Difference Between Determinate and Indeterminate Sentencing l Determinate vs Indeterminate Sentencing


The key difference between determinate and indeterminate sentencing is that the determinate sentencing is a prison sentence that is definite and is not subject to review by a parole board whereas the indeterminate sentencing is a prison sentence that consists of a range of years, not a fixed amount of time.

Determinate and indeterminate sentencing are two types of criminal sentencing Determinate sentencing involves a fixed amount of prison time whereas indeterminate sentencing involves a range of time such as two to five years.

CONTENTS

1. Overview and Key Difference
2. What is Determinate Sentencing
3. What is Indeterminate Sentencing
4. Side by Side Comparison – Determinate vs Indeterminate Sentencing in Tabular Form
5. Summary

What is Determinate Sentencing?

Determinate sentencing refers to a prison sentence for a fixed amount of time, rather than a range of time. For example, determinate sentencing will involve an offender being sentenced to one year in prison, rather than up to one year. Which means, the offender has to spend that whole year in prison. In other words, he is not eligible for parole.

Determinate sentencing is not as common as indeterminate sentencing. Moreover, determinate sentencing is often seen as a tougher system because of its mandatory prison time.

Difference Between Determinate and Indeterminate Sentencing l Determinate vs Indeterminate Sentencing

Furthermore, determinate sentencing includes sentencing guidelines, mandatory minimum sentences, and enhanced sentences for certain crimes. The sentencing guidelines help a judge to consider the individual circumstances of cases while determining a sentence. However, in the case of mandatory minimum and enhanced sentences, the judge has no or little authority in setting the terms of a sentence. For example, a sentence for a case of sexual battery may be an automatic prison term for three years.

What is Indeterminate Sentencing?

Indeterminate sentencing refers to a prison sentence that assigns a range of years, rather than a fixed amount of time. For example, indeterminate sentencing can include a sentence of five to ten years or twenty-five years to life. This type of sentencing determines only the minimum and the maximum amount of years the offender has to remain in prison. Once the offender has spent the minimum amount of years in prison, he is subject to review by a parole board.  For example, if the prisoner’s sentence is for two to five years, he can appear before the parole board once he has remained two years in prison.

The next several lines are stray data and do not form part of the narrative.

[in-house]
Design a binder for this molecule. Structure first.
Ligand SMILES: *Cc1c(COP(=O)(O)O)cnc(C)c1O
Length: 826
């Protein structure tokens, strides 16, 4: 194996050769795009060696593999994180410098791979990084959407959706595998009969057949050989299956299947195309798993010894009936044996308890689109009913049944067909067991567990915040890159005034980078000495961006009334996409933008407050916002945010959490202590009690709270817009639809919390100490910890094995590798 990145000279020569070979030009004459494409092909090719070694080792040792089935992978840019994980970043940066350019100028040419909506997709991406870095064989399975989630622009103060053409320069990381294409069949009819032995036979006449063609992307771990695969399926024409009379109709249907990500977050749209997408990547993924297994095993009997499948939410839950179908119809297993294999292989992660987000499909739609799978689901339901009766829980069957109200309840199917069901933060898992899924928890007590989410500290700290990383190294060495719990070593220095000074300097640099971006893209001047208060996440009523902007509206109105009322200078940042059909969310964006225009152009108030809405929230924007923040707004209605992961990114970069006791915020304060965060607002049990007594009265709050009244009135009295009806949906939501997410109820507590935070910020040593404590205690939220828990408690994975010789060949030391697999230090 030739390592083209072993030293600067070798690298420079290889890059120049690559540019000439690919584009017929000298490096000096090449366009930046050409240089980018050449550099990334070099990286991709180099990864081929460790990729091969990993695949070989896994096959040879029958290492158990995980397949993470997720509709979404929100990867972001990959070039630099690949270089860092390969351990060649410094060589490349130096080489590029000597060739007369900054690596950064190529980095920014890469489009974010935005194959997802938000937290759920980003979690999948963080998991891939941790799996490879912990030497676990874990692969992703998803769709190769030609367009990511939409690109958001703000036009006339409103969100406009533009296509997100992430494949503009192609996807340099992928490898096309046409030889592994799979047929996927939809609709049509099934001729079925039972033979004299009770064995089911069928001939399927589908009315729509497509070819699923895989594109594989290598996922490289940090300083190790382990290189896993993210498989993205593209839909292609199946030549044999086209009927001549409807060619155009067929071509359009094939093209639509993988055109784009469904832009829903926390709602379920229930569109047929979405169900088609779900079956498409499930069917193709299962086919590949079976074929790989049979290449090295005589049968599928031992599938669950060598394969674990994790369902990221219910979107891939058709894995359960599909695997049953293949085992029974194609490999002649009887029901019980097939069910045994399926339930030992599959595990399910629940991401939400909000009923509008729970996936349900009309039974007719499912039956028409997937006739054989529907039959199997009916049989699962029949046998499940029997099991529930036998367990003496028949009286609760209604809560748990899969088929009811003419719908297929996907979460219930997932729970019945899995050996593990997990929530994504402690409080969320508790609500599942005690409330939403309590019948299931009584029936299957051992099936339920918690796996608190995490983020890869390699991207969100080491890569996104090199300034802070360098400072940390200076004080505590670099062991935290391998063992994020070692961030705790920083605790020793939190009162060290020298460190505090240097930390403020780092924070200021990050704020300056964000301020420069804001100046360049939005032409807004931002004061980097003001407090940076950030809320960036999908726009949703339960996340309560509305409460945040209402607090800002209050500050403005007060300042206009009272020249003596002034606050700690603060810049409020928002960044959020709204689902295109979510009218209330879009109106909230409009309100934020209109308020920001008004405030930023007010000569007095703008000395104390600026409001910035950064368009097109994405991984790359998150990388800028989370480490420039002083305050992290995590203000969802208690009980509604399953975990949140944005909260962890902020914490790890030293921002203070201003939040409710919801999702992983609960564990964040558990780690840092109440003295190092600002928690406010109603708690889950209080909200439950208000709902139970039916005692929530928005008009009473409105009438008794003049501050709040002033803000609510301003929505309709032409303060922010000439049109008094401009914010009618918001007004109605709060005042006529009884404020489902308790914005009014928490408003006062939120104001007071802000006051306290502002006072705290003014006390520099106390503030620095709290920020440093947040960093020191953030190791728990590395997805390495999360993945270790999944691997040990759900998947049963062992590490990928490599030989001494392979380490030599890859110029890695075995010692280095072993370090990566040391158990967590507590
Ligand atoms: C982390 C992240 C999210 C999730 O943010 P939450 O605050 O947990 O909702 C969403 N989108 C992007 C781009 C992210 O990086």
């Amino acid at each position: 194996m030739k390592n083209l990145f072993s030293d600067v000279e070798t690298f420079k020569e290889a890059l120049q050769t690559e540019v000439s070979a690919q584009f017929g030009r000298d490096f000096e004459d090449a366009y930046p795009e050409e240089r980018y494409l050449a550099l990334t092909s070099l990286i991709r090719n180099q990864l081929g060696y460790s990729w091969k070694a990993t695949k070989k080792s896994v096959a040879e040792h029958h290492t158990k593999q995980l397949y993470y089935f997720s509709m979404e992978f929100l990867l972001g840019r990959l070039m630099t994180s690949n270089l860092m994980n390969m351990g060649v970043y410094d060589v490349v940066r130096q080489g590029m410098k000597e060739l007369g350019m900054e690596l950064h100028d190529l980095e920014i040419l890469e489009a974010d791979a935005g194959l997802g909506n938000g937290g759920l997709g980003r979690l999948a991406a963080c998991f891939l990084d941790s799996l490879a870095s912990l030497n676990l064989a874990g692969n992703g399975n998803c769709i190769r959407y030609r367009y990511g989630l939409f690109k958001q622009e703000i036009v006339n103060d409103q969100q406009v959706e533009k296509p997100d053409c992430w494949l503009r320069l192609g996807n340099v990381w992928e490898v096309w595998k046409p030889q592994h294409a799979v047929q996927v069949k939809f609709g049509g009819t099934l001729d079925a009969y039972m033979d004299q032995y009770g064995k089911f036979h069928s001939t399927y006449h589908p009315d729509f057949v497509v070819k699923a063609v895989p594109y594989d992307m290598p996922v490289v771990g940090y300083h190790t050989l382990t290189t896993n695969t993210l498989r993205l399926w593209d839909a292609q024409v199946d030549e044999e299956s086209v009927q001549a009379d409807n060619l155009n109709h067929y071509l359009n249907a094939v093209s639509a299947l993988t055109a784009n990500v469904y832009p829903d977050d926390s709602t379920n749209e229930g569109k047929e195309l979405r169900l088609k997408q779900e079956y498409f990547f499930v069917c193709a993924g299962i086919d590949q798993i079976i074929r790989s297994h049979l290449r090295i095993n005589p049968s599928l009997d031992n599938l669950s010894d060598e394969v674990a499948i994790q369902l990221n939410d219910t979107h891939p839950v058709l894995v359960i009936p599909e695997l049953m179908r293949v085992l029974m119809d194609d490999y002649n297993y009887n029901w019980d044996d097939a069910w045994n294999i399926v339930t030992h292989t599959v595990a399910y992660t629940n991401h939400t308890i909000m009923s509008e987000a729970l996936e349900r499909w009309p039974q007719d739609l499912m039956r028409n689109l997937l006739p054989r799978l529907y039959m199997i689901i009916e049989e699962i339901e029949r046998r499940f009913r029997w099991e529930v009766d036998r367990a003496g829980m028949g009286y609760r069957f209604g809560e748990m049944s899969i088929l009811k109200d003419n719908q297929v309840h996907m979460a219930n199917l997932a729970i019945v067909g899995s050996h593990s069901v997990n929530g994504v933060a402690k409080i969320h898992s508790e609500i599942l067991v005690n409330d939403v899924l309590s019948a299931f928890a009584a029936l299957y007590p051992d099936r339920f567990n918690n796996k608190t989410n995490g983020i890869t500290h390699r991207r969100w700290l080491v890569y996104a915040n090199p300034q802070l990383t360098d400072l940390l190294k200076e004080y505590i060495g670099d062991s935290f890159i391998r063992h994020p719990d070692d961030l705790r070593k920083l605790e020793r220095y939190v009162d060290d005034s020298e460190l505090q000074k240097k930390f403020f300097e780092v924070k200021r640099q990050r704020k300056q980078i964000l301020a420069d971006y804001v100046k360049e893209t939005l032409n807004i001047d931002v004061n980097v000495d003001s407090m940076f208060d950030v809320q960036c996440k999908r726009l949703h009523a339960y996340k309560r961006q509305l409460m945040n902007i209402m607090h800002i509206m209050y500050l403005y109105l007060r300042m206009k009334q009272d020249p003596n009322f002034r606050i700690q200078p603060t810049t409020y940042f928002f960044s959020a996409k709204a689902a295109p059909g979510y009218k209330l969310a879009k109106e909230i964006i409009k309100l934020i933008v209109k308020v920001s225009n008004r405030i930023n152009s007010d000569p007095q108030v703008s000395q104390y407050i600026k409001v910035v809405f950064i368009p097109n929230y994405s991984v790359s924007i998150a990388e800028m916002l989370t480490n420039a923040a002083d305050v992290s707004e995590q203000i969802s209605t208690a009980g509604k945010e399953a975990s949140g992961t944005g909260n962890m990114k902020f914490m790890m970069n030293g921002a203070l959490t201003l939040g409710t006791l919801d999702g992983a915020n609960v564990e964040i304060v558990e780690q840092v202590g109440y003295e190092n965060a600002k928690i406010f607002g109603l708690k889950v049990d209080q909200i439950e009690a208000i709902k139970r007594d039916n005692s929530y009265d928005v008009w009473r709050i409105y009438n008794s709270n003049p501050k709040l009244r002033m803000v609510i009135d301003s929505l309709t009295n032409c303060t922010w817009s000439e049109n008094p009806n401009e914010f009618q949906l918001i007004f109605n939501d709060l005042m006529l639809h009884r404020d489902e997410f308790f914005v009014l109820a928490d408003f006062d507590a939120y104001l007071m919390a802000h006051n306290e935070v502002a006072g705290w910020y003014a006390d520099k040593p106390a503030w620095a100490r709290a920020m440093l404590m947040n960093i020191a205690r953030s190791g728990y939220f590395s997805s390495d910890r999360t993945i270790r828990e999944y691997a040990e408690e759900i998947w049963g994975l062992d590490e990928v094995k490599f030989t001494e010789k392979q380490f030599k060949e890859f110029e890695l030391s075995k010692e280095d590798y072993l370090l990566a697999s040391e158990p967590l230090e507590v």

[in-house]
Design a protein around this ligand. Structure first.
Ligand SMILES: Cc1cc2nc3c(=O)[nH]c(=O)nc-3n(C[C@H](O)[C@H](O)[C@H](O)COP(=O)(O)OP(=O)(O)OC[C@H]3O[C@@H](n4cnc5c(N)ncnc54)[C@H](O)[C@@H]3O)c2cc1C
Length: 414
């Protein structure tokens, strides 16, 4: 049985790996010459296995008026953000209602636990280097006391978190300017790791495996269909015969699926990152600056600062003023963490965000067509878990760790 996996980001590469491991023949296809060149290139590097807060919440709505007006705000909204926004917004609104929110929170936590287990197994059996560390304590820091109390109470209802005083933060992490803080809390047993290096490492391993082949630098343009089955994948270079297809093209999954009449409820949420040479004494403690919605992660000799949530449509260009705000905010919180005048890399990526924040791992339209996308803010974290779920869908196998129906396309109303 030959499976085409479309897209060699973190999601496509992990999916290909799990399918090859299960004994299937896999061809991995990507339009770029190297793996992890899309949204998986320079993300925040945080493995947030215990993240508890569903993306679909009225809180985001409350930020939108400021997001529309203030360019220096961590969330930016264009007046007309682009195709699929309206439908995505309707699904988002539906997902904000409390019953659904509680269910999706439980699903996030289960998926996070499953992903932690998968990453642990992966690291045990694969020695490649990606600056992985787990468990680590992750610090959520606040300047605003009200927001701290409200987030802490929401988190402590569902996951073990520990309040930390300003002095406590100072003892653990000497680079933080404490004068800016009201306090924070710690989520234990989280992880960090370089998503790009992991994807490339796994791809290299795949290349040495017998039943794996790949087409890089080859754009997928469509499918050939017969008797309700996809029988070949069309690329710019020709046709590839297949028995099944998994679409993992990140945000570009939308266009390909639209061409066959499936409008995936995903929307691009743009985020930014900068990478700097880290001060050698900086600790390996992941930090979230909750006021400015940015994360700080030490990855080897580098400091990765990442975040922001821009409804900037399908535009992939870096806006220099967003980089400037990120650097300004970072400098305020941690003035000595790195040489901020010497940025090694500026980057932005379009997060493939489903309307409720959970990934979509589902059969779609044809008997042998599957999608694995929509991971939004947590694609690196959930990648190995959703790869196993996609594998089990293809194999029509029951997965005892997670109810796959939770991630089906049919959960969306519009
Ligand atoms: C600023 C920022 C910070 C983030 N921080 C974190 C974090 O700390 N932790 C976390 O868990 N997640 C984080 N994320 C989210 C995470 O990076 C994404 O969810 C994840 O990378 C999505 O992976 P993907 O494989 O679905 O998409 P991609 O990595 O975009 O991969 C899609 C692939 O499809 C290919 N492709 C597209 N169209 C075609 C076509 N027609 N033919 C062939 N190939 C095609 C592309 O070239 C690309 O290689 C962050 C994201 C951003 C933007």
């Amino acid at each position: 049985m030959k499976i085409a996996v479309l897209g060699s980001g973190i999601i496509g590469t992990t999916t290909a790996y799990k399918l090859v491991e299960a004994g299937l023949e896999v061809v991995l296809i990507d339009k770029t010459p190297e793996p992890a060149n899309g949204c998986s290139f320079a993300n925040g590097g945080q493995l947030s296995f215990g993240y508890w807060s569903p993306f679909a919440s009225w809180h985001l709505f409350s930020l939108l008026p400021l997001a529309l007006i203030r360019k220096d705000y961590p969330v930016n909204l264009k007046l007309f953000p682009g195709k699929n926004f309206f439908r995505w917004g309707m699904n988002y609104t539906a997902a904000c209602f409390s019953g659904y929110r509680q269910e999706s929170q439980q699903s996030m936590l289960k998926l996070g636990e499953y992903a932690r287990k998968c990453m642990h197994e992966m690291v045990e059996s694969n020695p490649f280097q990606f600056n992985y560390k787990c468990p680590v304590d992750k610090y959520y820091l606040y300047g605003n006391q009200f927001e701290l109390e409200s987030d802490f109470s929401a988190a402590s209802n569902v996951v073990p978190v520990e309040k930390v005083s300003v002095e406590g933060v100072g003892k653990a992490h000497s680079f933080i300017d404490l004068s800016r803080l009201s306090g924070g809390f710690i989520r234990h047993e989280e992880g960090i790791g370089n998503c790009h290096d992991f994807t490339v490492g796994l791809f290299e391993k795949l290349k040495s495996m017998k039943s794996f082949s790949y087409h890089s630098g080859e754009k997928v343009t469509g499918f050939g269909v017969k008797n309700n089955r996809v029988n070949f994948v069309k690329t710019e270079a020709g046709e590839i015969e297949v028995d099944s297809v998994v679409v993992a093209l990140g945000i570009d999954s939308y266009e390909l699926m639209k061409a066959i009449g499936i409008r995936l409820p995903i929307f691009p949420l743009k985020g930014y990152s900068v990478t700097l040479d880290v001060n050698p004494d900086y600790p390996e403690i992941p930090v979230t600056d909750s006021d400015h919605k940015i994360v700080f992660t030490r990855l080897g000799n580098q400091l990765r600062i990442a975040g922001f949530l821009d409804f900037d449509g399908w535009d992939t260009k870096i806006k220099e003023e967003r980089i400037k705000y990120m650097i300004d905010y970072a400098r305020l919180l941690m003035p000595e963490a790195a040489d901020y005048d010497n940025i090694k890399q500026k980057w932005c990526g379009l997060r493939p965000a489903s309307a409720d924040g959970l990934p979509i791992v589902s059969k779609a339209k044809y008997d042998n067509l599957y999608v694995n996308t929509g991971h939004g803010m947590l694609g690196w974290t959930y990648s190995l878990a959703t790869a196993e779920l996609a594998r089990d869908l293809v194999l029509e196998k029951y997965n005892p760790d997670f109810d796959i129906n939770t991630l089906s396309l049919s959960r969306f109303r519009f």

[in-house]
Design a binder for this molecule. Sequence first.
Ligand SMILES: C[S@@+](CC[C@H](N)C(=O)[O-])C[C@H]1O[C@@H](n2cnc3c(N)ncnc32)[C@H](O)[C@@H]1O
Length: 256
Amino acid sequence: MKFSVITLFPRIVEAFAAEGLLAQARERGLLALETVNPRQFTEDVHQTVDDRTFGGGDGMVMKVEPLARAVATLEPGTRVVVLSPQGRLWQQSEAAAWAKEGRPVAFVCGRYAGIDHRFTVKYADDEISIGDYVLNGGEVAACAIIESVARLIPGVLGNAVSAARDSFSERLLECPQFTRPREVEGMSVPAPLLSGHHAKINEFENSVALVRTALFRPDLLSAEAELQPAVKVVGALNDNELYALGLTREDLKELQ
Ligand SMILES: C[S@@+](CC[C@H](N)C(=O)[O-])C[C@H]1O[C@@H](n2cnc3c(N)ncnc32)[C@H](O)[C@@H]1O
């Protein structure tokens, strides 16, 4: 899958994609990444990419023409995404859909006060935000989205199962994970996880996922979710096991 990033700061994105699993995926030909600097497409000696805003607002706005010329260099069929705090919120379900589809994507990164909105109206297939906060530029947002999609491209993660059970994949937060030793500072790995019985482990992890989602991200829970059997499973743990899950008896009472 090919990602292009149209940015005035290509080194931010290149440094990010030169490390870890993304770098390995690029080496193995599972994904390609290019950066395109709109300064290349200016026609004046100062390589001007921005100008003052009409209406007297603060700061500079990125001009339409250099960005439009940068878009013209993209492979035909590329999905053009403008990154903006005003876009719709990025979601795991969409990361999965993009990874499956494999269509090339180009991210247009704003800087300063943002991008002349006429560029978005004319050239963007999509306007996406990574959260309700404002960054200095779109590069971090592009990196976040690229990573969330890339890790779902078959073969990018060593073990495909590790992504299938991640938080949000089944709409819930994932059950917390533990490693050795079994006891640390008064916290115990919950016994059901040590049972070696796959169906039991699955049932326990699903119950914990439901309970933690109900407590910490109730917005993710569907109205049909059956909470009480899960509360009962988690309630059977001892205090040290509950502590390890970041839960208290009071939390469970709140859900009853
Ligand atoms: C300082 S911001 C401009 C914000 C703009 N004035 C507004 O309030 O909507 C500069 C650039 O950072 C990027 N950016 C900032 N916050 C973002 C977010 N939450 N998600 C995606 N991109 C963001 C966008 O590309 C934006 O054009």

Difference Between Determinate and Indeterminate Sentencing l Determinate vs Indeterminate Sentencing

Parole means temporarily releasing the prisoner before the complement of his full prison sentence. However, if the offender commits any act to violate the parole, for example, commit another crime, or use drugs, he or she will be returned to prison.

Also, note that not all prisoners who get indeterminate sentencing get parole. Because, the parole board considers certain factors before granting parole to inmates who have received indeterminate sentences.

Some Factors Considered During Parole

  • Original recommendation by the judge on the case
  • The inmate’s criminal history
  • Length of the time the inmate has served in prison to date
  • Inmate’s behaviour in prison
  • Inmate’s participation in rehabilitation programs and other resources available to him or her
  • Concerns about the inmate’s potential release insofar as the public’s safety

What is the Difference Between Determinate and Indeterminate Sentencing?

Determinate sentencing is that it assigns a fixed amount of jail time to an individual convicted of a crime. In contrast, indeterminate sentencing is a prison sentence that assigns a range of jail time to an individual convicted of a crime, such as one to three years. Therefore, the key difference between determinate and indeterminate sentencing is the length of the sentence. Determinate sentencing involves a fixed amount of time, such as 2 years or 25 years, whereas indeterminate sentencing involves a range of time, such as 2 to 5 years, or 25 years to life.

Moreover, a notable difference between determinate and indeterminate sentencing is that the indeterminate sentencing is subject to review by a parole board whereas thr determinate sentencing is not. Also, while determinate sentencing is more associated with the concept of retributive corrections, indeterminate sentencing is associated with the rehabilitative model of corrections. Furthermore, determinate sentencing is less common than indeterminate sentencing.

The below infographic tabulates the difference between determinate and indeterminate sentencing as a side by side comparison.

Difference Between Determinate and Indeterminate Sentencing l Determinate vs Indeterminate Sentencing

Summary – Determinate vs Indeterminate Sentencing

In summary, the key difference between determinate and indeterminate sentencing is the length of the sentence. Determinate sentencing that assigns a fixed amount of jail time to an individual convicted of a crime. In contrast, indeterminate sentencing is a prison sentence that assigns a range of jail time to an individual convicted of a crime, such as one to three years.

Reference:

1.“Determinate Sentencing – Definition, Examples, Cases, Processes.” Legal Dictionary, 16 June 2017. Available here 
2.“Indeterminate Sentencing – Definition, Examples, Cases, Processes.” Legal Dictionary, 20 June 2017. Available here  

Image Courtesy:

1.”36004956370″ by BMN Network (CC BY 2.0) via Flickr
2.”27905720280″ by Blogtrepreneur (CC BY 2.0) via Flickr

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